Past CANHR Projects
American Recovery and Reinvestment Act Funded Projects
WATCH: Western Alaska Tribal Collaborative for Health: Four NIH-funded research projects, in partnership with the Alaska Native Tribal Health Consortium, combined data sets to better characterize the prevalence and incidence of cardiovascular disease and diabetes in Yup’ik and Inupiaq people. This study engaged tribal groups and community representatives to help prioritize community needs and to inform future interventions and research direction.
Workforce Development: This grant allowed us to provide more in-depth training to our community-based research staff, new COBRE investigators, postdoctoral fellows, tribal health organizations and graduate research assistants on community-based participatory research methodology. The training helped new investigators compete successfully for NIH research funding and to design and conduct rigorous research that is both community-based and culturally sensitive.
Bert Boyer, Ph.D, Principal Investigator
NIH/National Center for Research Resources
Alaska Native Stroke Registry
The Alaska Native Stroke Registry represented an important project to investigate the prevalence of vascular disease in Alaska, as well as a chance to develop culturally appropriate stroke prevention and intervention programs for Alaska Native populations.
CANHR joined the Alaska Native Tribal Health Consortium, and Columbia University on this study.
Jim Allen, PhD, Brian Trimble, MD, Bernadette Boden-Albala, PhD, Principal Investigators
Funded by NIH/National Institute of Neurological Disorders and Stroke
Health Promotion in a Yup'ik Community: Improving Health Through Collaboration
Piciryaratggun Calritllerkaq is designed to test the feasibility of community development based health promotion and primary prevention in rural Alaska and to explore the acceptability of this approach to Alaska Native (AN) people, specifically to Yup’ik people. The focus of this study was to show changes in the variables directly related to the health promotion activities to demonstrate the immediate impact this approach to health promotion can have on AN populations. In other words, can community development based health promotion that is anchored in indigenous conceptualizations of wellness lead to actual change in behavior and attitudes related to cardiovascular disease?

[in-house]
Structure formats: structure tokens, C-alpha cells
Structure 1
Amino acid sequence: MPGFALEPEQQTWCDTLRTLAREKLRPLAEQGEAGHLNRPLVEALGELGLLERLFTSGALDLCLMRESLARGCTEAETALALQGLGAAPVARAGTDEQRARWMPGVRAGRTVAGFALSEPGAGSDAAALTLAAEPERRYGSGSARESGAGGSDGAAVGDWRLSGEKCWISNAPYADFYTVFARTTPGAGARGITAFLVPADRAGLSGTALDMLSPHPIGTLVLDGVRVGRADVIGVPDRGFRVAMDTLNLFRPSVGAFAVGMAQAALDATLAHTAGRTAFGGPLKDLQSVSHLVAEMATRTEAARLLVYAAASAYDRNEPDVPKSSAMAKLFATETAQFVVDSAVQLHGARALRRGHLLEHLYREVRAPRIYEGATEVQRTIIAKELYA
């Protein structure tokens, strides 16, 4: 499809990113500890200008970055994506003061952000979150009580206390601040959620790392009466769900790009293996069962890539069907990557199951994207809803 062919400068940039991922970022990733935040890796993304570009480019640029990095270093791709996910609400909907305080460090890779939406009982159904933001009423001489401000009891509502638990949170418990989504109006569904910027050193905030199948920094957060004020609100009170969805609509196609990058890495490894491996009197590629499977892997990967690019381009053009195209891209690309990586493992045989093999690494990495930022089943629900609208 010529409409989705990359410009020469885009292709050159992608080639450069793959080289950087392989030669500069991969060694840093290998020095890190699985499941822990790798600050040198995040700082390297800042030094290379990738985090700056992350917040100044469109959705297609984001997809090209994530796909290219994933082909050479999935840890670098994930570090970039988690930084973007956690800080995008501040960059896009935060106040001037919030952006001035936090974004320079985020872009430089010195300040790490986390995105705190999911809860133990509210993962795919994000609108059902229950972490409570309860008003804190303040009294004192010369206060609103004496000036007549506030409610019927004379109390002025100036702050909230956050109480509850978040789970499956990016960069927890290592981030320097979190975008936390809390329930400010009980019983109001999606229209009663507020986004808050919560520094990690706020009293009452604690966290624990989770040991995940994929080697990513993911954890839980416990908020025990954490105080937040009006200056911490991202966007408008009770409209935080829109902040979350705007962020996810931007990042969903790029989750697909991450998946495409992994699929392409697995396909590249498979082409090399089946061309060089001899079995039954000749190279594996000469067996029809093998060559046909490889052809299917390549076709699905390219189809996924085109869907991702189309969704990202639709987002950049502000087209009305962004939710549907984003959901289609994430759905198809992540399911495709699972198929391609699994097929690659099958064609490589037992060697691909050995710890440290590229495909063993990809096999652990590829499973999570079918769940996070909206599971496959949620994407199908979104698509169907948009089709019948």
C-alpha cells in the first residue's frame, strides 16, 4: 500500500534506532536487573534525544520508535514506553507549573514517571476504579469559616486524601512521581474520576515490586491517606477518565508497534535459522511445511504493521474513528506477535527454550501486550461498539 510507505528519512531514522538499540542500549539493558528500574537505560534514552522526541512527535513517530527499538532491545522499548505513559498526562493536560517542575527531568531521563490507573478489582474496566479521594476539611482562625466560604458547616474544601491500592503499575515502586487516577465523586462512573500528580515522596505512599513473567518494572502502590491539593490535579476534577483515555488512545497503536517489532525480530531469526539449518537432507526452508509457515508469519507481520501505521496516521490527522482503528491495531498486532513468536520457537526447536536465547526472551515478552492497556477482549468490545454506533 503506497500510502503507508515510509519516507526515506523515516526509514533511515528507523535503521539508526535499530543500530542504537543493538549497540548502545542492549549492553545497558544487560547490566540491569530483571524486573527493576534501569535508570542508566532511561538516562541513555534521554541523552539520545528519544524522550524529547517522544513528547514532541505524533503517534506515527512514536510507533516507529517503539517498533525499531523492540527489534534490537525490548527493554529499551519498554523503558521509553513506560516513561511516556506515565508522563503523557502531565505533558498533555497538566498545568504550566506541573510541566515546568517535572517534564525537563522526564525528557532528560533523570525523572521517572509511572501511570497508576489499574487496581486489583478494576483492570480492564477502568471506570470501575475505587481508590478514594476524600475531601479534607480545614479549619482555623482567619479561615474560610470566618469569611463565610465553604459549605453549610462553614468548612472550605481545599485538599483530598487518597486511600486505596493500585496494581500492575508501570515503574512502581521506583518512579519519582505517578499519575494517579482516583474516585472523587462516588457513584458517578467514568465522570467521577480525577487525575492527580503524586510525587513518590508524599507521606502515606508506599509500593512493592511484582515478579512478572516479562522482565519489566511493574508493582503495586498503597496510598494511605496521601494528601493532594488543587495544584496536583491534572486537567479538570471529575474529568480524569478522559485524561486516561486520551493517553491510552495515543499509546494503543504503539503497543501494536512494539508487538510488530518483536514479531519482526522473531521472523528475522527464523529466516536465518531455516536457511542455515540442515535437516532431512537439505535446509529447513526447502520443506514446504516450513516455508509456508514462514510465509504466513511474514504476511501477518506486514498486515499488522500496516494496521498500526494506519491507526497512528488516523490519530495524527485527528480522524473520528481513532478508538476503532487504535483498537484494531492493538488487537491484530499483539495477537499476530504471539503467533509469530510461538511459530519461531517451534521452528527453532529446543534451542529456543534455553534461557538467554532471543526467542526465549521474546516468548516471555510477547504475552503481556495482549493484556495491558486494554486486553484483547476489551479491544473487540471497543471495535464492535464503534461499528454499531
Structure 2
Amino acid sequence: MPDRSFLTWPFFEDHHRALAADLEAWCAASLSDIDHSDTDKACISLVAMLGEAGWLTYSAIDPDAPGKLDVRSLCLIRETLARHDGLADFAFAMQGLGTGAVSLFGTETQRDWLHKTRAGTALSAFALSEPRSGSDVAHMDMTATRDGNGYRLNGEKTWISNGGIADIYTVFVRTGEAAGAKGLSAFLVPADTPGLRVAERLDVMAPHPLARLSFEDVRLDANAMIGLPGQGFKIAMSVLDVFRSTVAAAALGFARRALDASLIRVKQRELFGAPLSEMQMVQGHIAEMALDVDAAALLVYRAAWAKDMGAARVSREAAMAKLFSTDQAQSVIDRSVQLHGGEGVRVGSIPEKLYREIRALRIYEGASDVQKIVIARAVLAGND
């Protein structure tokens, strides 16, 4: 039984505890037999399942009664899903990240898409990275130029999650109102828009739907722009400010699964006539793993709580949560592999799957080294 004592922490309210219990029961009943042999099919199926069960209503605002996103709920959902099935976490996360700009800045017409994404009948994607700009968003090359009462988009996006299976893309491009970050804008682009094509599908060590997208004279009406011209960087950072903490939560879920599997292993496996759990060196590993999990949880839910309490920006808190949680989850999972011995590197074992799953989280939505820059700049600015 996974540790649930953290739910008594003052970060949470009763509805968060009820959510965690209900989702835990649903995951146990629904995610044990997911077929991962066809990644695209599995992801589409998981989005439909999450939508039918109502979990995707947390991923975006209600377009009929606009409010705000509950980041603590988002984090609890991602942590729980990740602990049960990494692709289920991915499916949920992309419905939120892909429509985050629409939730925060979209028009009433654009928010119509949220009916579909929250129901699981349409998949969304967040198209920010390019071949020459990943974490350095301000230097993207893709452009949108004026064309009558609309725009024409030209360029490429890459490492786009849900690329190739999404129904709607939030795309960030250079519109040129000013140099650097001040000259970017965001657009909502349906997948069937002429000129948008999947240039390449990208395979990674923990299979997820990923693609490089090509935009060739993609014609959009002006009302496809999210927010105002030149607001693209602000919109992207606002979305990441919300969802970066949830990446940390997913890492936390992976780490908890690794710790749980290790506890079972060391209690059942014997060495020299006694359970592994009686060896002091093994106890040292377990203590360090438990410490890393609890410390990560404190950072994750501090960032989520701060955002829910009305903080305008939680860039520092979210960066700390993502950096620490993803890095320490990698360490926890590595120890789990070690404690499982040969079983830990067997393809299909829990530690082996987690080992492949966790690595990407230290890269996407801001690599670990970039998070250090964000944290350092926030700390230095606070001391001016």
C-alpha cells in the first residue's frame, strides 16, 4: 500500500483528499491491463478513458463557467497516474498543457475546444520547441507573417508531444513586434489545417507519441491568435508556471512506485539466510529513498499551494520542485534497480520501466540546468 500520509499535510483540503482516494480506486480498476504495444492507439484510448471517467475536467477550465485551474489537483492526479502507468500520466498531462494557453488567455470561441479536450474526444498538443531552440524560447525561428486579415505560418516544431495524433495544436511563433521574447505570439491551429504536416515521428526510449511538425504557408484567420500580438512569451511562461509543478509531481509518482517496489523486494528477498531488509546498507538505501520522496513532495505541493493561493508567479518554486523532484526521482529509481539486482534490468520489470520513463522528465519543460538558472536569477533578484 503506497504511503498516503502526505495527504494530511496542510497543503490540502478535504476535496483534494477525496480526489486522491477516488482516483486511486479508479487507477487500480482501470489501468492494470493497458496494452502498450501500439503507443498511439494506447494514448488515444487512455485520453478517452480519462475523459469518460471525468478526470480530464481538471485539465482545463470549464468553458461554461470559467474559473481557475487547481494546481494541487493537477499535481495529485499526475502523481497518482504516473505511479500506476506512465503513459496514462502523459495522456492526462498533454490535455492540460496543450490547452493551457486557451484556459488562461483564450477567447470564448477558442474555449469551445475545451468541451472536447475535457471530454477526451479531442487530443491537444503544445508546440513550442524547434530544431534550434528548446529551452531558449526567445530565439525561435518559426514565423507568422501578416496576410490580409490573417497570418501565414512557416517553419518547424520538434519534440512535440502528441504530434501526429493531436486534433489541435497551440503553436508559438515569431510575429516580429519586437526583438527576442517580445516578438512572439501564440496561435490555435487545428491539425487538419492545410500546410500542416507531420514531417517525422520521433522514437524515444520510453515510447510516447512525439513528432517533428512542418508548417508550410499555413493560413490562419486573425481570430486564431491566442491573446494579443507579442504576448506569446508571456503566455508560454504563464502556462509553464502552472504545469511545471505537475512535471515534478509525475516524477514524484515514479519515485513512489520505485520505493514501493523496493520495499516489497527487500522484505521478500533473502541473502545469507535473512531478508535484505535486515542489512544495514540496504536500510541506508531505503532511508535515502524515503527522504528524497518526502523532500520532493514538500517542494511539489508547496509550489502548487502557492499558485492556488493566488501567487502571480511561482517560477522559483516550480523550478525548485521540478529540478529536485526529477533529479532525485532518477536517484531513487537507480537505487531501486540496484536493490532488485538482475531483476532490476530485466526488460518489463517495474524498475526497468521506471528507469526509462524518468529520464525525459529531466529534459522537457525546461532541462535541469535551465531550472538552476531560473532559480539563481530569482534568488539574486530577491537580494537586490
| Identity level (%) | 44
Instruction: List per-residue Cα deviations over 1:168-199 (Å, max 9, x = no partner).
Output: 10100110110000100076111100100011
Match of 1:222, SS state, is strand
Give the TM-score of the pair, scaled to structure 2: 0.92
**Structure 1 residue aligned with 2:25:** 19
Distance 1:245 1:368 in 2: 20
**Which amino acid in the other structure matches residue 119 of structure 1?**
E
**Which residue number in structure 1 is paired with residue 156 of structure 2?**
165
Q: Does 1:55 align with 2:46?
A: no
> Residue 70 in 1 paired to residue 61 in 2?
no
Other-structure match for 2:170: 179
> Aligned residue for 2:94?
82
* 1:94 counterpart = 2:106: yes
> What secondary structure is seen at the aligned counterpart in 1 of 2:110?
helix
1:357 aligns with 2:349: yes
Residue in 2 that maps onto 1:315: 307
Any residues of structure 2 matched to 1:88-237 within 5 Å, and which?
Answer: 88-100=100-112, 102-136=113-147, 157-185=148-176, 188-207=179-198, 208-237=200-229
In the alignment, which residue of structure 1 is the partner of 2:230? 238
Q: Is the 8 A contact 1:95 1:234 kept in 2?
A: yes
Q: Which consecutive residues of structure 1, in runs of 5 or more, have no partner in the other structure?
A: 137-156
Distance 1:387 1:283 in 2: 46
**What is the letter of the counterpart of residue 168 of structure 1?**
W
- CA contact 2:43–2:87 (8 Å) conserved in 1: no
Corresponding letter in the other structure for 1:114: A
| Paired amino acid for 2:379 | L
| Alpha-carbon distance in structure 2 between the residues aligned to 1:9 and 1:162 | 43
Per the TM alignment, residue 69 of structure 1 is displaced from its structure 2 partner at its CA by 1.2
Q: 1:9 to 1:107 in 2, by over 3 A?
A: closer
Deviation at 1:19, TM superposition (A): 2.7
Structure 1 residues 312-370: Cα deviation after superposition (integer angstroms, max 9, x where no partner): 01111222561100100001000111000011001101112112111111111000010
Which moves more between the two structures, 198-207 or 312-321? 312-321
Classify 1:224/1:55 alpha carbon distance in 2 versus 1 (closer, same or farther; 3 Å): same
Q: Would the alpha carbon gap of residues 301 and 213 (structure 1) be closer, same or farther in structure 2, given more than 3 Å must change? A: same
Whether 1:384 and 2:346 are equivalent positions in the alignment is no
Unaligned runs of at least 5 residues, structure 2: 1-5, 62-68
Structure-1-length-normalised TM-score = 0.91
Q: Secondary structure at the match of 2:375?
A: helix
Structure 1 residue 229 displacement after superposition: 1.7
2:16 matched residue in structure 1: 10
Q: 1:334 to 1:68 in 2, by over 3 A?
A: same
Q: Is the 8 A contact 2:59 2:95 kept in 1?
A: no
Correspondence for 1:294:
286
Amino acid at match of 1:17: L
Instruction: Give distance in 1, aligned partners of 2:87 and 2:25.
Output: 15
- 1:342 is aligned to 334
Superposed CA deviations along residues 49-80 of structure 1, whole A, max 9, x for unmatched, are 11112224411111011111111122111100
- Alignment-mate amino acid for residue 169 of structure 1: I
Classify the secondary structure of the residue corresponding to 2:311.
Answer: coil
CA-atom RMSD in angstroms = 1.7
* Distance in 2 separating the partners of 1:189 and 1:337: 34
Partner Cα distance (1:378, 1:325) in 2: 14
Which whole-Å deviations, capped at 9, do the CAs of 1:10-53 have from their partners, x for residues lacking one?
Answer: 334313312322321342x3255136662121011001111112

This investigation has been developed in collaboration with the host community and the regional Tribal Health Corporation. The project examined specific ways in which this approach to cardiovascular health can develop a local infrastructure, knowledge base, and process to encourage and maintain lasting lifestyle improvements. The long-term goal of this research is to develop this project into a model for conducting health promotion in the region. We hypothesize that a culturally-based community-development approach to health promotion will increase physical activity, increase consumption of subsistence foods and/or healthy substitutes, and decrease stress levels. Eventually, changes in these behaviors and participants’ sense of well-being are expected to be related to an increase in protective blood lipid factors, healthy weight, and healthy blood pressure.
Cecile Lardon, PhD, Principal Investigator
Funded by NIH/National Health, Lung, and Blood Institute and the Office of Behavioral and Social Sciences Research
Originally, People Awakening Resilience Program